The Justice Department then continued to fight the subpoena on other legal grounds, arguing that Congress had no “cause of action” that authorized it to sue the executive branch. (The executive branch has taken that position under administrations of both parties, and the Biden administration had signaled that it was prepared to keep arguing it.)

The apparent resolution of the McGahn subpoena case — unless Mr. Trump disrupts it — is similar to a dispute in 2009, when President Barack Obama took office and inherited a House lawsuit over a subpoena for testimony by President George W. Bush’s former White House counsel Harriet Miers related to the firings of United States attorneys.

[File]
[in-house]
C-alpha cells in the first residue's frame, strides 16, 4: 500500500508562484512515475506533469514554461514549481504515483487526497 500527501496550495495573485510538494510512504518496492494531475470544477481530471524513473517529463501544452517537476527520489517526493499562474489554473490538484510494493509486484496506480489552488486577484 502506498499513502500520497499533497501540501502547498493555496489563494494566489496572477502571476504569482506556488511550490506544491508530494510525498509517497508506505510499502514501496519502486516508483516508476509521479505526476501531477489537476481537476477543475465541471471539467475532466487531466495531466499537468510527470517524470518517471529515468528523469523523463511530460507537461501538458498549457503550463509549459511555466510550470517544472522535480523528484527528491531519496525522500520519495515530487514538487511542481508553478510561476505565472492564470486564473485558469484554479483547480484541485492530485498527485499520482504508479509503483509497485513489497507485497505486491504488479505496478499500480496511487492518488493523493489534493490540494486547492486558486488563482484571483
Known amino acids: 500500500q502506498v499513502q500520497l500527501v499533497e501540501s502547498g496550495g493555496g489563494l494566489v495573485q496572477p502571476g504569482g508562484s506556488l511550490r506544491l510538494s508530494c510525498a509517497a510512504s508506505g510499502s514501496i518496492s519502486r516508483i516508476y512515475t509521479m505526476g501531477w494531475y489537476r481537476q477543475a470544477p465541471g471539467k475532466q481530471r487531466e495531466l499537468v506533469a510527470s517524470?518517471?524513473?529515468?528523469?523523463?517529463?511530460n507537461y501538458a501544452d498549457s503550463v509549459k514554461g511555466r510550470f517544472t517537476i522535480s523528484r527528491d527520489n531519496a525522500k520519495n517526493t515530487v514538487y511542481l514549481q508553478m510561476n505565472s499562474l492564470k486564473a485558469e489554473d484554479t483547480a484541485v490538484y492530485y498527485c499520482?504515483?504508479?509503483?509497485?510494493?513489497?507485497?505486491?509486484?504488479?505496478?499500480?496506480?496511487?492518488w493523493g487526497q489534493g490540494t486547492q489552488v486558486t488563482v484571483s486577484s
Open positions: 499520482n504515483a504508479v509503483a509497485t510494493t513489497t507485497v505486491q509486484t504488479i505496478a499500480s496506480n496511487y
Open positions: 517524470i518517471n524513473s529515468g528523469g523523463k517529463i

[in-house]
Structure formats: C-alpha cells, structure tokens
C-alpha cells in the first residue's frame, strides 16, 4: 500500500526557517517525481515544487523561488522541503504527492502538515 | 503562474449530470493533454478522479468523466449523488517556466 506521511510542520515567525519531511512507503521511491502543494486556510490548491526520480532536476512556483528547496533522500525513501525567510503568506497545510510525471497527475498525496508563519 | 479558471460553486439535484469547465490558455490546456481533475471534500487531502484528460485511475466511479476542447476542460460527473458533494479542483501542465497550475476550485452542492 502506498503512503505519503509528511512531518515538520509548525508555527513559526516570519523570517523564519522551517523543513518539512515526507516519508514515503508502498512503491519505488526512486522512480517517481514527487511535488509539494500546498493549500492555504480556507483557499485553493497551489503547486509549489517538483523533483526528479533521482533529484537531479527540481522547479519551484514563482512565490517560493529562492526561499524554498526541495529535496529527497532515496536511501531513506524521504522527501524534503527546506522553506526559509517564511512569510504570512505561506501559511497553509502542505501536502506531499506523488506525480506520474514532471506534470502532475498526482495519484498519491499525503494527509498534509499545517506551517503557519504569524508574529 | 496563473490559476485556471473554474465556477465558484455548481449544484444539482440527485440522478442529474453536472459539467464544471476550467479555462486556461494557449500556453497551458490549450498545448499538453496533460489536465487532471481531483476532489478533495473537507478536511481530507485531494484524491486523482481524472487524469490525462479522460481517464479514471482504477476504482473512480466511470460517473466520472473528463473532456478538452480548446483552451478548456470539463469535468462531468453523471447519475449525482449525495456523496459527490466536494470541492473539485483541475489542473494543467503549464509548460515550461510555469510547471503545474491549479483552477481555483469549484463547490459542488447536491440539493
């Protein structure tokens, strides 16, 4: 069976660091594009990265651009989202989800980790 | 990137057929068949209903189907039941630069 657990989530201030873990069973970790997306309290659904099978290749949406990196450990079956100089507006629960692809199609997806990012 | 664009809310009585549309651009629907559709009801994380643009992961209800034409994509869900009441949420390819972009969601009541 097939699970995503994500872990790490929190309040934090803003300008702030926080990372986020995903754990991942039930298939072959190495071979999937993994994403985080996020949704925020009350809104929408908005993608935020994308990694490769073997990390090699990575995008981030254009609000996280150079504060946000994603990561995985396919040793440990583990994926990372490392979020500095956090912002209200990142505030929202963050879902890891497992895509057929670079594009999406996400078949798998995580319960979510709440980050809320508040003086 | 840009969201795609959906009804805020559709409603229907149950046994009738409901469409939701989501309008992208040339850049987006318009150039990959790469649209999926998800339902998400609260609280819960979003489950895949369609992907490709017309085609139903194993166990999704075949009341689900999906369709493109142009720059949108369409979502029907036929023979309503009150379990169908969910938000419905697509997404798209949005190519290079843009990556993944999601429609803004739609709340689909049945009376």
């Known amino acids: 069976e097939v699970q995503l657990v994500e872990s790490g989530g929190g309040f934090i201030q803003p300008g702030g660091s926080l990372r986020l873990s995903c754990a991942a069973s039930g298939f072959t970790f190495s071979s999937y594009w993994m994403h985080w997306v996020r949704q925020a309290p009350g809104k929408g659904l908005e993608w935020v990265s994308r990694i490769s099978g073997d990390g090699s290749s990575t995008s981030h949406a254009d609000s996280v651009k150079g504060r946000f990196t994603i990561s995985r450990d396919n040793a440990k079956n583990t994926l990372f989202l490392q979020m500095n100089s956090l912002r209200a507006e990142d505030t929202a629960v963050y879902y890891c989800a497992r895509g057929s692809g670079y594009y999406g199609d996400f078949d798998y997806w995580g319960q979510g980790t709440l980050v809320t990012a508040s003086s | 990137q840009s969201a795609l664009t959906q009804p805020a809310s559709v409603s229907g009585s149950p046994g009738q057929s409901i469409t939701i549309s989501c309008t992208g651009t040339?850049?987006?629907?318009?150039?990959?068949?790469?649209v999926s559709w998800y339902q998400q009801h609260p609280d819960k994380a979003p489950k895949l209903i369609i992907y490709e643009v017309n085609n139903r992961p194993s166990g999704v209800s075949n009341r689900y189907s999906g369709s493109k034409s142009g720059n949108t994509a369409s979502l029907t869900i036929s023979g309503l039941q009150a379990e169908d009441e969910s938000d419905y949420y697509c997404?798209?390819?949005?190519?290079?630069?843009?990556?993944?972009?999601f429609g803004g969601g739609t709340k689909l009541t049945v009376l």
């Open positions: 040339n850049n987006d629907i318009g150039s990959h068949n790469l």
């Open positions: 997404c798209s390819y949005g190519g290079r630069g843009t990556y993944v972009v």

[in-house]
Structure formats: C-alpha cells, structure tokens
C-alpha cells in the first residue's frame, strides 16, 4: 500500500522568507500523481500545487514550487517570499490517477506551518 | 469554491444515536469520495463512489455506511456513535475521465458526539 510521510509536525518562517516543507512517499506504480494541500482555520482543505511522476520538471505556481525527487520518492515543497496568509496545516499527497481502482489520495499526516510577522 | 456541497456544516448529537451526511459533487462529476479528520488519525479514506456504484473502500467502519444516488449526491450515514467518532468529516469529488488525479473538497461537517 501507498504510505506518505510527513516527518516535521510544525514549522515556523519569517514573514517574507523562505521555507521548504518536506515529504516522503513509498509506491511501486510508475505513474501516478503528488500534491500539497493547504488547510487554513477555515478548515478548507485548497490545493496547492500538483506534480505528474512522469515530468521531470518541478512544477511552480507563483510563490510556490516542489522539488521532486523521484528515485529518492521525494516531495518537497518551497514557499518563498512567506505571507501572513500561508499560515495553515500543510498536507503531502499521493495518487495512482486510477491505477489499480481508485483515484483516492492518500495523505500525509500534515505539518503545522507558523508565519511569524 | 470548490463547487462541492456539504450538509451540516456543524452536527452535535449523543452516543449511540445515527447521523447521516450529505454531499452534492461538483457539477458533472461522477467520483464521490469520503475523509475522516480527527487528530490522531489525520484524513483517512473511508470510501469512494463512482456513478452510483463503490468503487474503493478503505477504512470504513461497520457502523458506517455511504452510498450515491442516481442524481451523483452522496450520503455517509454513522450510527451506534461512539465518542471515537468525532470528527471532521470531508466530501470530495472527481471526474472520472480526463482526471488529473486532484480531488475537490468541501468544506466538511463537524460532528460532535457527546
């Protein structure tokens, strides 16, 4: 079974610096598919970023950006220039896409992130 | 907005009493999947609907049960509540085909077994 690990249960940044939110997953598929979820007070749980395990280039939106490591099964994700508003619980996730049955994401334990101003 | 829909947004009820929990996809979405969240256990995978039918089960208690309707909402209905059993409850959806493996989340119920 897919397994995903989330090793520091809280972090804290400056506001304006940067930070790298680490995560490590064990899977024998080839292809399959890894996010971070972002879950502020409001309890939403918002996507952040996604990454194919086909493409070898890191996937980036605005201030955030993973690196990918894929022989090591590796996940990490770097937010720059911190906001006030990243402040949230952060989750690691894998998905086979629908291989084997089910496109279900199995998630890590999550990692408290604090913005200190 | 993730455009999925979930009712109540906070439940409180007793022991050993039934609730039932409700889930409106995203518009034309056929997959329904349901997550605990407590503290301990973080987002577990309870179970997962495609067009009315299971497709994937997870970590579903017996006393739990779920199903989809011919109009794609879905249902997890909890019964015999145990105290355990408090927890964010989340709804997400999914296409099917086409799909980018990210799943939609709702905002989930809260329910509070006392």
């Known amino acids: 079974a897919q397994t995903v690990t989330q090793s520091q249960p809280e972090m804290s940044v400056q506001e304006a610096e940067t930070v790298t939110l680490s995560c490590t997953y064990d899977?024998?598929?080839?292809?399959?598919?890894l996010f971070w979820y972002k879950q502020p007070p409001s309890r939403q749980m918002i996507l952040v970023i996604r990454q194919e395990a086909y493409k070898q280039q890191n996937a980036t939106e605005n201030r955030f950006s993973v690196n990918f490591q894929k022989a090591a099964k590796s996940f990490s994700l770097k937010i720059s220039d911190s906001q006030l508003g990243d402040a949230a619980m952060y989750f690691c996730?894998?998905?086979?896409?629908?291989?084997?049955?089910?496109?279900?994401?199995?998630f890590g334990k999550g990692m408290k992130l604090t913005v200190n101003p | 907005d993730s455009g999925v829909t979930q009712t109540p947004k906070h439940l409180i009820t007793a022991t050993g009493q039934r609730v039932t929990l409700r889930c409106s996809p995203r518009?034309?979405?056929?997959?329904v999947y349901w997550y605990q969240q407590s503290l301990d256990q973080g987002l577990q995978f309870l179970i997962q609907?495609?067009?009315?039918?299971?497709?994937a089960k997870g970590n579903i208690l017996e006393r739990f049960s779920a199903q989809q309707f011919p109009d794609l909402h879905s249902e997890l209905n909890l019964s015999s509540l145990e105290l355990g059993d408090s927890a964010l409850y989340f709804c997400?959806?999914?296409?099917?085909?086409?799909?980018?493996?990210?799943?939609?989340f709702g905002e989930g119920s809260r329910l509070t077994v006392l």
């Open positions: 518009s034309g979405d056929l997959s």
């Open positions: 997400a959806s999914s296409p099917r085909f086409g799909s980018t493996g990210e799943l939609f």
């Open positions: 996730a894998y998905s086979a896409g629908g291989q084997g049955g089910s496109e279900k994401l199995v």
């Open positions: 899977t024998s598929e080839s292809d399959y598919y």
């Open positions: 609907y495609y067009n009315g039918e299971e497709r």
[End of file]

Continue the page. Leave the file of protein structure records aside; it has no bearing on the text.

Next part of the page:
The Obama administration, a lawyer for the House and a legal representative of Mr. Bush worked out a deal under which Democrats were able to confidentially interview Ms. Miers about the topic, with limits. That accommodation mooted the case, so the District of Columbia Circuit never issued a binding ruling, leaving the legal questions it raised unresolved.

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